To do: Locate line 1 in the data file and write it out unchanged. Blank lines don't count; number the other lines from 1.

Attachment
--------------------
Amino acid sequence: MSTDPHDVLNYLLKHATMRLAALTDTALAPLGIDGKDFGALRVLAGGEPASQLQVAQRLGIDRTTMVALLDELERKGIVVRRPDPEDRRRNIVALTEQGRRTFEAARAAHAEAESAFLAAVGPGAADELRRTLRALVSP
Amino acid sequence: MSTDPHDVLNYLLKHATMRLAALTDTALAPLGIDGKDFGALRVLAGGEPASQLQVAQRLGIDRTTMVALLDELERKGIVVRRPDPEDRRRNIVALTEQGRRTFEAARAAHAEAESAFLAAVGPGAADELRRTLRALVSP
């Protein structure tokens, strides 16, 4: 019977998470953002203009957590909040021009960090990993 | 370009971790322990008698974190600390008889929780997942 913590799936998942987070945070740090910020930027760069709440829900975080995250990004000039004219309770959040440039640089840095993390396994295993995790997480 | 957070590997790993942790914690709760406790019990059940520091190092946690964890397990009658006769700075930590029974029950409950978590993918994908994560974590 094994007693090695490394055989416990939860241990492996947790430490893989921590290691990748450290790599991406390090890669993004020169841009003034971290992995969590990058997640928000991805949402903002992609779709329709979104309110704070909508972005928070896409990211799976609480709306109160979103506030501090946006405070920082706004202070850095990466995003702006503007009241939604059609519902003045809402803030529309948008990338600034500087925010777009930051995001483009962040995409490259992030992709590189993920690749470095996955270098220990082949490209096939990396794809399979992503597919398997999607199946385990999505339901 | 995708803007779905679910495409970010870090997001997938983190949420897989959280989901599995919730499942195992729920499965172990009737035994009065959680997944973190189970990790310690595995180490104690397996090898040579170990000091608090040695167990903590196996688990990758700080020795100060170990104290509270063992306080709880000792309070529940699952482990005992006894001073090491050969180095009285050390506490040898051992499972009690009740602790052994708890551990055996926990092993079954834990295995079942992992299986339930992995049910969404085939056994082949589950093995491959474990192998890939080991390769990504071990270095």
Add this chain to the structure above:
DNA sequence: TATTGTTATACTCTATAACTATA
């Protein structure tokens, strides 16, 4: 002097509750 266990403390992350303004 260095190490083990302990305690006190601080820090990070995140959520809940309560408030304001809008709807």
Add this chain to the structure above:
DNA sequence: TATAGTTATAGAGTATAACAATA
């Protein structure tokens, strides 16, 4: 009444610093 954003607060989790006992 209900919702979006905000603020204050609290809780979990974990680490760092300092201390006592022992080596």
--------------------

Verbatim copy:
Amino acid sequence: MSTDPHDVLNYLLKHATMRLAALTDTALAPLGIDGKDFGALRVLAGGEPASQLQVAQRLGIDRTTMVALLDELERKGIVVRRPDPEDRRRNIVALTEQGRRTFEAARAAHAEAESAFLAAVGPGAADELRRTLRALVSP